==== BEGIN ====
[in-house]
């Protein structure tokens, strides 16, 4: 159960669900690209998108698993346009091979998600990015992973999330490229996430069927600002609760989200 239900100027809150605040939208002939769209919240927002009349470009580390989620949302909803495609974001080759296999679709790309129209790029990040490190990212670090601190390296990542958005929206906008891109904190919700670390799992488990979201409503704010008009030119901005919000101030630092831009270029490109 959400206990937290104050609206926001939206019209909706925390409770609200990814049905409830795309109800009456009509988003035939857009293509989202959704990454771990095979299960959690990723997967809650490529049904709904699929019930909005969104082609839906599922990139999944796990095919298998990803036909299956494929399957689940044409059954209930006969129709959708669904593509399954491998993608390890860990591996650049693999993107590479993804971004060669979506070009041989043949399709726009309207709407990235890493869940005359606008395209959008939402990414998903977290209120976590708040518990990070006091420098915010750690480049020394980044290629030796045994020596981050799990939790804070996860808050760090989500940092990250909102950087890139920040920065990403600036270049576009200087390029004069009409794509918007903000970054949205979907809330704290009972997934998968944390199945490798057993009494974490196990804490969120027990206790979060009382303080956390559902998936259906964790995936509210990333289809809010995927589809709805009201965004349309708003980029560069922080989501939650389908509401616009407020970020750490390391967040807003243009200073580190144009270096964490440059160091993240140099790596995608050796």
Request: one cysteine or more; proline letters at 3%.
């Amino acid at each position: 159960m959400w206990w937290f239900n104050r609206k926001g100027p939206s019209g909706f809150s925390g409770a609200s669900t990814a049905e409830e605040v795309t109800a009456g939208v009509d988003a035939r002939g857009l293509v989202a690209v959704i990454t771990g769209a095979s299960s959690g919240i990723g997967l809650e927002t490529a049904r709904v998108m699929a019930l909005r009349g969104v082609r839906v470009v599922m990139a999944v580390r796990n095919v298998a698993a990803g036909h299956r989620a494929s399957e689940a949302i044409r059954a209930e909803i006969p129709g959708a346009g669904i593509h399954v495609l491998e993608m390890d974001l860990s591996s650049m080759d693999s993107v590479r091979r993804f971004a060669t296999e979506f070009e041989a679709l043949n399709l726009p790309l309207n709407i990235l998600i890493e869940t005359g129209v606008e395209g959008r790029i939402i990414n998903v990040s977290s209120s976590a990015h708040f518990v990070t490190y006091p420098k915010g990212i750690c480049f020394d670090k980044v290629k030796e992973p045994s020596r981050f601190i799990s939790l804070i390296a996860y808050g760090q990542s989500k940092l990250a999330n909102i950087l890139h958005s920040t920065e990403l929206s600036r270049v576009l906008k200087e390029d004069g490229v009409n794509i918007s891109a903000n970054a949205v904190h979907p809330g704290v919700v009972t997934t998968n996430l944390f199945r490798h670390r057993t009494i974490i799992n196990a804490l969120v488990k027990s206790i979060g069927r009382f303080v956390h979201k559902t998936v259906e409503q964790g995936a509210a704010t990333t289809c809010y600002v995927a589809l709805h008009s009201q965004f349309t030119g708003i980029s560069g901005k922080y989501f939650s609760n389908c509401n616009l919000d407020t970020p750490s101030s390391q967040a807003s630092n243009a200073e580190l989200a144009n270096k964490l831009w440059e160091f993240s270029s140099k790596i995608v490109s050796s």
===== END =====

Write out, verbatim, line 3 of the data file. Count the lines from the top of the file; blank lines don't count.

Request: one cysteine or more; proline letters at 3%.